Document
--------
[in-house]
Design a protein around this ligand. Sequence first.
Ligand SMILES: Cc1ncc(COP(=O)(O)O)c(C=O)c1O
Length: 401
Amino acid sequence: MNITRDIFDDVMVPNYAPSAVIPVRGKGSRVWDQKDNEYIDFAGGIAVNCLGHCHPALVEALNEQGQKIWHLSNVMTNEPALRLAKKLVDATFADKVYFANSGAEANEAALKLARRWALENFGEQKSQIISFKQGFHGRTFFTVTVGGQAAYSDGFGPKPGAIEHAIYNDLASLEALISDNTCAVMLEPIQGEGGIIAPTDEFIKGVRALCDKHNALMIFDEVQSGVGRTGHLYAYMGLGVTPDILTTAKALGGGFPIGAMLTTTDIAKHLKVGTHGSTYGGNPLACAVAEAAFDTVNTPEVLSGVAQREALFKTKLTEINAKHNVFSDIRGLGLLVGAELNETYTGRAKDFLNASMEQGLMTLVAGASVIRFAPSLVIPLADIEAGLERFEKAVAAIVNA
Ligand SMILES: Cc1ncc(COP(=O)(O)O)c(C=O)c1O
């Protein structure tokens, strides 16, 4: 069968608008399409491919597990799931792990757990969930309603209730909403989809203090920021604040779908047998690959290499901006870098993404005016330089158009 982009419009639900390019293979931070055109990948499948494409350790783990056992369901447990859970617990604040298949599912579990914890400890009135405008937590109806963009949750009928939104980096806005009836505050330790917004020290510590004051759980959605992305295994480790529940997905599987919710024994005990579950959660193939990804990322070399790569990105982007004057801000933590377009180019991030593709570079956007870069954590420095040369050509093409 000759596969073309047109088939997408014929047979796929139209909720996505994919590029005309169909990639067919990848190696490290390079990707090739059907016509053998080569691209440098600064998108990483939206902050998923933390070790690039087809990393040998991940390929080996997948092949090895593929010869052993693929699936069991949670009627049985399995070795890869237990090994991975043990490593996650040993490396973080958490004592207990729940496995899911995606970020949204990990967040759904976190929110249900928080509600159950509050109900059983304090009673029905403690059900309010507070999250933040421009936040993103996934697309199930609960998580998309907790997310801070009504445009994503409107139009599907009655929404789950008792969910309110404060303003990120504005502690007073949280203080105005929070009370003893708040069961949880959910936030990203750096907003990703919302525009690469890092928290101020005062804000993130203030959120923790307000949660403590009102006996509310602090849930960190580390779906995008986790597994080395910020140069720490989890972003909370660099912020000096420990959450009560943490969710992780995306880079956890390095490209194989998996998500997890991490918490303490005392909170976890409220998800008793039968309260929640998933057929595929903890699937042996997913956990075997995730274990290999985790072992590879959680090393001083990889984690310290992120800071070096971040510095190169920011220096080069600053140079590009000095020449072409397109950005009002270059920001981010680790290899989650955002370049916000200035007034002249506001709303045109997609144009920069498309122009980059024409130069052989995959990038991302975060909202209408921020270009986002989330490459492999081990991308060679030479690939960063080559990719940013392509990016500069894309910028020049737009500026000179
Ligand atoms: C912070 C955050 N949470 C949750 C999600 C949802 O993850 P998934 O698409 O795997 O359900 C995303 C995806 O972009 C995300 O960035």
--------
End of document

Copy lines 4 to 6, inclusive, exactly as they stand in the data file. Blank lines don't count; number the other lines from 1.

Length: 401
Amino acid sequence: MNITRDIFDDVMVPNYAPSAVIPVRGKGSRVWDQKDNEYIDFAGGIAVNCLGHCHPALVEALNEQGQKIWHLSNVMTNEPALRLAKKLVDATFADKVYFANSGAEANEAALKLARRWALENFGEQKSQIISFKQGFHGRTFFTVTVGGQAAYSDGFGPKPGAIEHAIYNDLASLEALISDNTCAVMLEPIQGEGGIIAPTDEFIKGVRALCDKHNALMIFDEVQSGVGRTGHLYAYMGLGVTPDILTTAKALGGGFPIGAMLTTTDIAKHLKVGTHGSTYGGNPLACAVAEAAFDTVNTPEVLSGVAQREALFKTKLTEINAKHNVFSDIRGLGLLVGAELNETYTGRAKDFLNASMEQGLMTLVAGASVIRFAPSLVIPLADIEAGLERFEKAVAAIVNA
Ligand SMILES: Cc1ncc(COP(=O)(O)O)c(C=O)c1O